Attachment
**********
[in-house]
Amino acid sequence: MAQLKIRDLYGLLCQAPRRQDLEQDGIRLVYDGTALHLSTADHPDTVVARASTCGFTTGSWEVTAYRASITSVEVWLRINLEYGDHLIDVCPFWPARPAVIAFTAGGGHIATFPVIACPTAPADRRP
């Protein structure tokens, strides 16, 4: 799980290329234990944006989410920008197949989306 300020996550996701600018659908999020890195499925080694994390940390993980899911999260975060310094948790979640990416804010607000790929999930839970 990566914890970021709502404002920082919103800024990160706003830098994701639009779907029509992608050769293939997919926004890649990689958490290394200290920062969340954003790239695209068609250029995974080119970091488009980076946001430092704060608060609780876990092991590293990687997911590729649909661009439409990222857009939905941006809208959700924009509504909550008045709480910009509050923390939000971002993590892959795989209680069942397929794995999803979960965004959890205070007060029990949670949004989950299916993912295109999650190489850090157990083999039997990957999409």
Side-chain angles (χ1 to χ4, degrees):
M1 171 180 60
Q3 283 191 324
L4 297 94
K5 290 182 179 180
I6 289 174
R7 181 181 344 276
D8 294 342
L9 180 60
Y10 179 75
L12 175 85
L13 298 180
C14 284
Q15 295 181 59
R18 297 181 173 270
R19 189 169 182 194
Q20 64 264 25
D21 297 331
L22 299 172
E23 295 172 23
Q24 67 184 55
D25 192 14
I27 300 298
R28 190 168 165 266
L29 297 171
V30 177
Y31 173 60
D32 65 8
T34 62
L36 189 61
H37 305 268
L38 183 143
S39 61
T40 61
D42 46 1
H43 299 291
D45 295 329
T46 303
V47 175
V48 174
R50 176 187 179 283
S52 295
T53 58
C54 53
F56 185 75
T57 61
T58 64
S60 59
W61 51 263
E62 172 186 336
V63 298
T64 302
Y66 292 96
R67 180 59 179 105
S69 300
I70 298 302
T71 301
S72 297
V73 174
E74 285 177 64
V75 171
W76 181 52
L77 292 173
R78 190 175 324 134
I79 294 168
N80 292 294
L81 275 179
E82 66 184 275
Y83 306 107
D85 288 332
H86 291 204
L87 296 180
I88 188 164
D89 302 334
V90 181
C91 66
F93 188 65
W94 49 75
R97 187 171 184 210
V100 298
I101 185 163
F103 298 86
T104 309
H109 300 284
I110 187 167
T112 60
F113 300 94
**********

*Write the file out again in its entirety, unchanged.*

[in-house]
Amino acid sequence: MAQLKIRDLYGLLCQAPRRQDLEQDGIRLVYDGTALHLSTADHPDTVVARASTCGFTTGSWEVTAYRASITSVEVWLRINLEYGDHLIDVCPFWPARPAVIAFTAGGGHIATFPVIACPTAPADRRP
């Protein structure tokens, strides 16, 4: 799980290329234990944006989410920008197949989306 300020996550996701600018659908999020890195499925080694994390940390993980899911999260975060310094948790979640990416804010607000790929999930839970 990566914890970021709502404002920082919103800024990160706003830098994701639009779907029509992608050769293939997919926004890649990689958490290394200290920062969340954003790239695209068609250029995974080119970091488009980076946001430092704060608060609780876990092991590293990687997911590729649909661009439409990222857009939905941006809208959700924009509504909550008045709480910009509050923390939000971002993590892959795989209680069942397929794995999803979960965004959890205070007060029990949670949004989950299916993912295109999650190489850090157990083999039997990957999409």
Side-chain angles (χ1 to χ4, degrees):
M1 171 180 60
Q3 283 191 324
L4 297 94
K5 290 182 179 180
I6 289 174
R7 181 181 344 276
D8 294 342
L9 180 60
Y10 179 75
L12 175 85
L13 298 180
C14 284
Q15 295 181 59
R18 297 181 173 270
R19 189 169 182 194
Q20 64 264 25
D21 297 331
L22 299 172
E23 295 172 23
Q24 67 184 55
D25 192 14
I27 300 298
R28 190 168 165 266
L29 297 171
V30 177
Y31 173 60
D32 65 8
T34 62
L36 189 61
H37 305 268
L38 183 143
S39 61
T40 61
D42 46 1
H43 299 291
D45 295 329
T46 303
V47 175
V48 174
R50 176 187 179 283
S52 295
T53 58
C54 53
F56 185 75
T57 61
T58 64
S60 59
W61 51 263
E62 172 186 336
V63 298
T64 302
Y66 292 96
R67 180 59 179 105
S69 300
I70 298 302
T71 301
S72 297
V73 174
E74 285 177 64
V75 171
W76 181 52
L77 292 173
R78 190 175 324 134
I79 294 168
N80 292 294
L81 275 179
E82 66 184 275
Y83 306 107
D85 288 332
H86 291 204
L87 296 180
I88 188 164
D89 302 334
V90 181
C91 66
F93 188 65
W94 49 75
R97 187 171 184 210
V100 298
I101 185 163
F103 298 86
T104 309
H109 300 284
I110 187 167
T112 60
F113 300 94